DANAGRAM

Politics and Culture in the Comic Zone

Daniel Rigney

Daniel Rigney
Location
New Texas, USA
Birthday
August 01
Title
free-range writer
Bio
In this writing workshop and citizen's blog I'm exploring various short forms, often from a satiric angle. My interests include politics, culture and the human comedy; old and new media; social theory and urban ethnography; the commercialization, corporatization and tabloidization of everything; sustainability; Unitarianism (UU); coffee; and writing (sorry, I mean providing content). Turtle stamp is from Tandy Leather. Interested in republishing a piece? Contact drigney3@gmail.com.

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MAY 2, 2012 1:04AM

The Great American Tweet

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The Great American Tweet

By Daniel Rigney

I’m told there was a time when young scribblers in the United States dreamed of writing "the great American novel." It was a time when books were made of paper and ink rather than pixels -- a time when “text” was a noun rather than a verb, and “tweet” was something robins did.

But times change, and dreams change with them. Many of today’s future fictionists, not just in the U.S. but around the world, might sooner make a great world film or youtube video than write a great national novel. Even the very notion of a national novel now seems dated in the swirled world of globalization.

Some (like me) might be satisfied to compose a great blogpost. Others might dream of creating a timeless tweet, or a great ephemeral text message.

Messaging nowadays seems to come in ever smaller bites and shorter bits (e.g., blogs, tweets, text messages) even as the sheer quantity of content expands. It's as though we're assembling an ever-larger puzzle out of ever smaller pieces. I'm sensing a paradox here that I can't quite articulate.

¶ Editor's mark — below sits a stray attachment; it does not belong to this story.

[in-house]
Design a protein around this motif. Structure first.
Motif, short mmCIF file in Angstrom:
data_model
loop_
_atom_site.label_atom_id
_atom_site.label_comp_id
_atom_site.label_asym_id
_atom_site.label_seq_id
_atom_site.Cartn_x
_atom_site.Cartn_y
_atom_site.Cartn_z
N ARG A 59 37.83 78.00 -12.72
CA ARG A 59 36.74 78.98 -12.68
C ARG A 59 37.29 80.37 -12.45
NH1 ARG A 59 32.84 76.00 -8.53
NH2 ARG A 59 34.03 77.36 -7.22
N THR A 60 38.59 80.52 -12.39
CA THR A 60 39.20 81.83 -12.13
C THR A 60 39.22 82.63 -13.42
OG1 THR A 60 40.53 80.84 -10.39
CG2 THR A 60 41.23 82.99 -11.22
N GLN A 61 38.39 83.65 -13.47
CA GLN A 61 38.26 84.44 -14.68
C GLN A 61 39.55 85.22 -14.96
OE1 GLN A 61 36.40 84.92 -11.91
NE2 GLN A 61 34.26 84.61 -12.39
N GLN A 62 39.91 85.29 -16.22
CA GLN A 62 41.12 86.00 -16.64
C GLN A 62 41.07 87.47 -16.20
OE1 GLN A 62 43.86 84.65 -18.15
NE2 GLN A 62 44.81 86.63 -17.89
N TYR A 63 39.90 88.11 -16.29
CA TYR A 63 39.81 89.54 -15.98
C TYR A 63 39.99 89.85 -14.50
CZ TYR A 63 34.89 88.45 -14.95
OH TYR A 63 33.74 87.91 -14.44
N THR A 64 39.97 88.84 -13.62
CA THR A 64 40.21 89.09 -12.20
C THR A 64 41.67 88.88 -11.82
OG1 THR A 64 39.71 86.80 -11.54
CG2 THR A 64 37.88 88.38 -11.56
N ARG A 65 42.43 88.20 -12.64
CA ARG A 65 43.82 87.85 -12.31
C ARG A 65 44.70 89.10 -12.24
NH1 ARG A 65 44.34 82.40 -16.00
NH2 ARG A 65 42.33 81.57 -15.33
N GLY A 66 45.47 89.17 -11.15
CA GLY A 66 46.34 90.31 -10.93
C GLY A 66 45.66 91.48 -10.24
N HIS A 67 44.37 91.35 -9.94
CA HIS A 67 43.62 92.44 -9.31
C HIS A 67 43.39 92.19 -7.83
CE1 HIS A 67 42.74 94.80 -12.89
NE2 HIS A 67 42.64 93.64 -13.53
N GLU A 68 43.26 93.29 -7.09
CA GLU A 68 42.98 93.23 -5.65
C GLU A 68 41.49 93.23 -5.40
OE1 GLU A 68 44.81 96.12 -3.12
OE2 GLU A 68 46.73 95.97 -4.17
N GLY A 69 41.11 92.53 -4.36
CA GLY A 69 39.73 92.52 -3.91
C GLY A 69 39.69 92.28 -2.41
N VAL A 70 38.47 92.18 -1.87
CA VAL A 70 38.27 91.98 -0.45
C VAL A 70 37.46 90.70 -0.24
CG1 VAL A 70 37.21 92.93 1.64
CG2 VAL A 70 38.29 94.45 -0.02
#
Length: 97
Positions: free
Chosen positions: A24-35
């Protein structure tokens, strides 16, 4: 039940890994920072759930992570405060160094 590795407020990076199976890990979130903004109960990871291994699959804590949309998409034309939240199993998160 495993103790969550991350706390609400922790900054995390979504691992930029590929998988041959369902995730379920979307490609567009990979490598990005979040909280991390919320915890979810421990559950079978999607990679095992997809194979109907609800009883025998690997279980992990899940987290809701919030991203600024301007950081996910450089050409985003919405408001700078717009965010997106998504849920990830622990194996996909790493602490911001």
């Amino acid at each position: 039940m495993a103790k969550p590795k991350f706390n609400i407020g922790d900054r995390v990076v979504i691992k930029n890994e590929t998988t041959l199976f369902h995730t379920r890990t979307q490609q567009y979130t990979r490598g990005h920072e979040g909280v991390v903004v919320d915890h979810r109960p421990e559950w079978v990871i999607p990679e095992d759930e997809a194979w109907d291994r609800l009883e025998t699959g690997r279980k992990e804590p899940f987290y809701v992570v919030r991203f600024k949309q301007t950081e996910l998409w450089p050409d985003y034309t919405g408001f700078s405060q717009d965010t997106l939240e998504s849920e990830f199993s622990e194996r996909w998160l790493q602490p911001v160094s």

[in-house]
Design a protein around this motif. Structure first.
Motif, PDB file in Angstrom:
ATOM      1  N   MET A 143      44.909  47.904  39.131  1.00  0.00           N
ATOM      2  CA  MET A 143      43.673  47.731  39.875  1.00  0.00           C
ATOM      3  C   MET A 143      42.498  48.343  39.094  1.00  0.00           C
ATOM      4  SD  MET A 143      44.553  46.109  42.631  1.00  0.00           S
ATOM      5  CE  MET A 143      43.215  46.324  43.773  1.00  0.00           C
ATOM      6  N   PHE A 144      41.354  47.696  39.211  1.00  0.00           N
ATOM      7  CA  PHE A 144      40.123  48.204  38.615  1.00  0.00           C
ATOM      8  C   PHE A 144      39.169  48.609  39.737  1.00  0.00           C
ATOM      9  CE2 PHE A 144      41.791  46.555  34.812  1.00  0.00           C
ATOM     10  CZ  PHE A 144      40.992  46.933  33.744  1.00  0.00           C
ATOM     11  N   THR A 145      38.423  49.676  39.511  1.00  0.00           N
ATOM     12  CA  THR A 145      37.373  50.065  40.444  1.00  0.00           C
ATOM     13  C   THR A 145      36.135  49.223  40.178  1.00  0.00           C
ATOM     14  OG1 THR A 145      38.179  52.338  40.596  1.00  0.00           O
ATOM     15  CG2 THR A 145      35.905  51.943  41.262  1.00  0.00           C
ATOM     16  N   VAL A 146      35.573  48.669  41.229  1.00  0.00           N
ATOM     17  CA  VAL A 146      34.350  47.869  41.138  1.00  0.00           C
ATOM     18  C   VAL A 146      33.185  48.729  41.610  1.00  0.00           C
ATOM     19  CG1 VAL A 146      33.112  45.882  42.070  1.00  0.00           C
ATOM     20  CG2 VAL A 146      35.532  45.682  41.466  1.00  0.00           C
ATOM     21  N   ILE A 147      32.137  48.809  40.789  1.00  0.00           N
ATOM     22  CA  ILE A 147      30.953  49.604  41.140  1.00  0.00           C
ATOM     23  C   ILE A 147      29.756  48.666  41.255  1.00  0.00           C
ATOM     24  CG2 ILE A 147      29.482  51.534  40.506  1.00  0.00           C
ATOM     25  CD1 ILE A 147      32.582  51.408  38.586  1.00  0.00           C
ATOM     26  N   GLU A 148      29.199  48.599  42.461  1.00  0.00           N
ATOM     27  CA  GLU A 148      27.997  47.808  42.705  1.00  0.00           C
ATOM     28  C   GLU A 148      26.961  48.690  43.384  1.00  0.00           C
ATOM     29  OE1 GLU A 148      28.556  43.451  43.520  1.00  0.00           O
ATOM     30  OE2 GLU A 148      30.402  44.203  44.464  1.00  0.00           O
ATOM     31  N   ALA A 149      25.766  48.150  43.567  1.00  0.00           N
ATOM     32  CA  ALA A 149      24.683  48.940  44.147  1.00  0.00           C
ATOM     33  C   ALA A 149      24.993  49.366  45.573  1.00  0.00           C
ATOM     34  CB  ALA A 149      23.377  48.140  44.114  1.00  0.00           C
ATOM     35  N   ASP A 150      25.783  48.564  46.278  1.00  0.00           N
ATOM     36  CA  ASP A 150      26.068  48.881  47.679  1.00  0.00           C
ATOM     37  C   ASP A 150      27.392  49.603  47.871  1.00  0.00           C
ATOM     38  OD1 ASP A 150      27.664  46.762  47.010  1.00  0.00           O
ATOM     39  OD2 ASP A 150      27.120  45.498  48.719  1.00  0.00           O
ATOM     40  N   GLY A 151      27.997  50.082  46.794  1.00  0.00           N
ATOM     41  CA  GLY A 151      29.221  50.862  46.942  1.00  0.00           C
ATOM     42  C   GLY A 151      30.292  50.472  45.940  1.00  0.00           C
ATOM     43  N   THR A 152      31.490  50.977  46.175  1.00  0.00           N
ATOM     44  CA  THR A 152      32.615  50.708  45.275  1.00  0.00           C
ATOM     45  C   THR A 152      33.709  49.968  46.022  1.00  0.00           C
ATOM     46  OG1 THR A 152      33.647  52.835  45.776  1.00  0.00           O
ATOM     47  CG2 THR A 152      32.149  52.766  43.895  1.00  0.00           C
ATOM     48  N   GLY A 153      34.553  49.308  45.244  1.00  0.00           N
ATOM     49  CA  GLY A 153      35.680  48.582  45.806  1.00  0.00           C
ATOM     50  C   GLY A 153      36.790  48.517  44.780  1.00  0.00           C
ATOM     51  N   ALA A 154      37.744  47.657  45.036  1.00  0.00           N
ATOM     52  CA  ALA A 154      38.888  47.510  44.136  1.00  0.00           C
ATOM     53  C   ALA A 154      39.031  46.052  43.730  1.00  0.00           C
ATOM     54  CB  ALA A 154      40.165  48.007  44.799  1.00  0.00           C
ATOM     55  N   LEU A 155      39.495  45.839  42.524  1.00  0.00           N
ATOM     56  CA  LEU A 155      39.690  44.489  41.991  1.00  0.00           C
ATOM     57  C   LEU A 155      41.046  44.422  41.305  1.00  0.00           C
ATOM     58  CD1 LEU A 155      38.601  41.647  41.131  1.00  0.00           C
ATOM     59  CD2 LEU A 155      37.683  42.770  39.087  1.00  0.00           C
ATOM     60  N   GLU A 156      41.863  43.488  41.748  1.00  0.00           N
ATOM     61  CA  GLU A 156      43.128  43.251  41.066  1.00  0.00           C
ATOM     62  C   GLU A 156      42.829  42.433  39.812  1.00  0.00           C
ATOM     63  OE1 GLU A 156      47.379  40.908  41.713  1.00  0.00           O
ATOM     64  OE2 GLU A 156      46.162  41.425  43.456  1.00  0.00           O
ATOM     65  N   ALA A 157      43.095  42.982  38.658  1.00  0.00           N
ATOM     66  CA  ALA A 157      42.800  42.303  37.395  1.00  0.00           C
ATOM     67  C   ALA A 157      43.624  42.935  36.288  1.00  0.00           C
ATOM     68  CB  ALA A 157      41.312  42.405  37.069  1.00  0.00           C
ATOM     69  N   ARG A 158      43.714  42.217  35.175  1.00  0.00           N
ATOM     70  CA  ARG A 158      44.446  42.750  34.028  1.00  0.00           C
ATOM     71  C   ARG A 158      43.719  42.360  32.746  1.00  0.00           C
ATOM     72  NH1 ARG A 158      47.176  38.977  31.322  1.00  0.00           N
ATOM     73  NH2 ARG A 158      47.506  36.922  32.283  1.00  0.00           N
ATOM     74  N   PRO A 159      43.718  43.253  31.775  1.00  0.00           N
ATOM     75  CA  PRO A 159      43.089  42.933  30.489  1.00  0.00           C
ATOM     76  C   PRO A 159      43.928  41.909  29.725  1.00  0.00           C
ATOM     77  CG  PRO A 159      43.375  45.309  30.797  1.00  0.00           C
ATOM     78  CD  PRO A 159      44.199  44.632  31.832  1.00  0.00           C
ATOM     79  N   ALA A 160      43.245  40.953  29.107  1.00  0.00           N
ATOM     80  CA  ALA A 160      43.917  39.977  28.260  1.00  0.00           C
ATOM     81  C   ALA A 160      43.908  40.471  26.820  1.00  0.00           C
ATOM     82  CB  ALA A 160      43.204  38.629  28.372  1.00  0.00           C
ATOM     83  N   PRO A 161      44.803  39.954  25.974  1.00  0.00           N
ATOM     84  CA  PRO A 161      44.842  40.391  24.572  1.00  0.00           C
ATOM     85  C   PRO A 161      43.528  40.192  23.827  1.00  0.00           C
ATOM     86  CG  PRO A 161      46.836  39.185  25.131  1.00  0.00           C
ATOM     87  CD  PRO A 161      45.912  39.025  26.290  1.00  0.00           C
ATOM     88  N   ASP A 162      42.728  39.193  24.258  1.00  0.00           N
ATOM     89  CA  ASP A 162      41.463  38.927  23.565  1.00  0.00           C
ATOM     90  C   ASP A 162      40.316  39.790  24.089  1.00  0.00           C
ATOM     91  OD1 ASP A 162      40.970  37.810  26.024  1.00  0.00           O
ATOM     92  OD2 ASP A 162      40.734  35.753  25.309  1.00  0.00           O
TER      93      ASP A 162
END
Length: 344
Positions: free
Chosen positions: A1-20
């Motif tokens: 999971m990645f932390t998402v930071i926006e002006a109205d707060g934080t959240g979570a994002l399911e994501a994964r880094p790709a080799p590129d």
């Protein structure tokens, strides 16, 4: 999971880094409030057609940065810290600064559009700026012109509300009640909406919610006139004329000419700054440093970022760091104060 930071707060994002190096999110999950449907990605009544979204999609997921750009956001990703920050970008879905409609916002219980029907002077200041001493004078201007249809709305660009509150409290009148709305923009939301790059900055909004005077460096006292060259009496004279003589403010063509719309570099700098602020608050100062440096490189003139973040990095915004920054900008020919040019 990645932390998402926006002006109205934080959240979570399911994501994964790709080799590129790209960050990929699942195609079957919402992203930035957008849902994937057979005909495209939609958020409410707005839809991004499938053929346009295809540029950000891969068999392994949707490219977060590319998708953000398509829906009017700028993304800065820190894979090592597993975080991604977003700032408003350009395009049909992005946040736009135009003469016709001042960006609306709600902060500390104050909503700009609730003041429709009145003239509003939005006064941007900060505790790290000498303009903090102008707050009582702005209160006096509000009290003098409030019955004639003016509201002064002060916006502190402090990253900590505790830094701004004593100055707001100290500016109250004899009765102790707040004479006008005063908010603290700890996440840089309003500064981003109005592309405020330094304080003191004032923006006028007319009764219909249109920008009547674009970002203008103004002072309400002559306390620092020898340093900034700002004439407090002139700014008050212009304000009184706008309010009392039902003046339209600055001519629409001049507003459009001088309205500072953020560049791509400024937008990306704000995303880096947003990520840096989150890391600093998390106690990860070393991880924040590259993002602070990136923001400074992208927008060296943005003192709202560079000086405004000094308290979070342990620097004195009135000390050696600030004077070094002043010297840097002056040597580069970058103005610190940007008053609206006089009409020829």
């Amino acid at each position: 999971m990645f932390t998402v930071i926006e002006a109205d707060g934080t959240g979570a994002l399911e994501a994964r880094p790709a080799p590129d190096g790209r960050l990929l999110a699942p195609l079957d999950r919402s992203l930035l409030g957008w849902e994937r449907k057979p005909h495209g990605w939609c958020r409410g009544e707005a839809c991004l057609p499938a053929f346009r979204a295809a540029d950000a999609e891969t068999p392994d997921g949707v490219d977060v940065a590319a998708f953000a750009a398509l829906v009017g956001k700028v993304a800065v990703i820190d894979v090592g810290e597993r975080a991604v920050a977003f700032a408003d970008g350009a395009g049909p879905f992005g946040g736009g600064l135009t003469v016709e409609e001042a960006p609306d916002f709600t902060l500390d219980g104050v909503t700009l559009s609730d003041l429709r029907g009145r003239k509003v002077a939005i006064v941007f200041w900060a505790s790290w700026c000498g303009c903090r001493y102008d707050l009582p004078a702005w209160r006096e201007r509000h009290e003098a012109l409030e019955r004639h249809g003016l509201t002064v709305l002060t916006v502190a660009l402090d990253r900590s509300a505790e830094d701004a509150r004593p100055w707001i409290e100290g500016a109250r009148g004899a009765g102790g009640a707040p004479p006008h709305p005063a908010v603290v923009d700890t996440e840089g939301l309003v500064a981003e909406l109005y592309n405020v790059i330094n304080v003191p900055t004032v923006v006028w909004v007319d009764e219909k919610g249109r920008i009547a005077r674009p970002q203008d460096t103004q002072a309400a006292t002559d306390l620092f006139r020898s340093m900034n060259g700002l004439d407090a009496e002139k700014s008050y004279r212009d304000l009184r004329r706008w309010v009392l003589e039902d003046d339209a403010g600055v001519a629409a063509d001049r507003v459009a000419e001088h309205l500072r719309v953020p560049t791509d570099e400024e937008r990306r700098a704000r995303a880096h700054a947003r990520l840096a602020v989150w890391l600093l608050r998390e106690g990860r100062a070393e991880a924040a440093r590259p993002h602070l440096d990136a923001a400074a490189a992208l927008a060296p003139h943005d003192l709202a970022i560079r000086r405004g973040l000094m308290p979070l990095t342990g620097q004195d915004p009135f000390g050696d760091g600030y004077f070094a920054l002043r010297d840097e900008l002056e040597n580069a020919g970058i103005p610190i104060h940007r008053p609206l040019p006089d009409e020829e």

But truncation continues. Social critics of the future might write ever shorter critiques of the miniaturization of media and the abbreviation of meaning. Book critics might become blog critics, and blog critics tweet critics, and tweet critics txt critics.

Eventually, if we follow this truncation trajectory forever, we'll come to that moment that Macbeth called "the last syllable of recorded time." Then, at long last, there will be utter silence. But it will be a great silence. An infinite silence.

It might sound something like this:

 


 

 

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Comments

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Very funny. The best approach: keep laughing, I agree and I'm a guy who just spent four years writing a novel that I'm now trying to sell. Give me strength.
Thanks, Ben. I know people who have been working on their novels for a lot longer than that! Very best of luck. You're a fine writer, and I have a good feeling about your manuscript.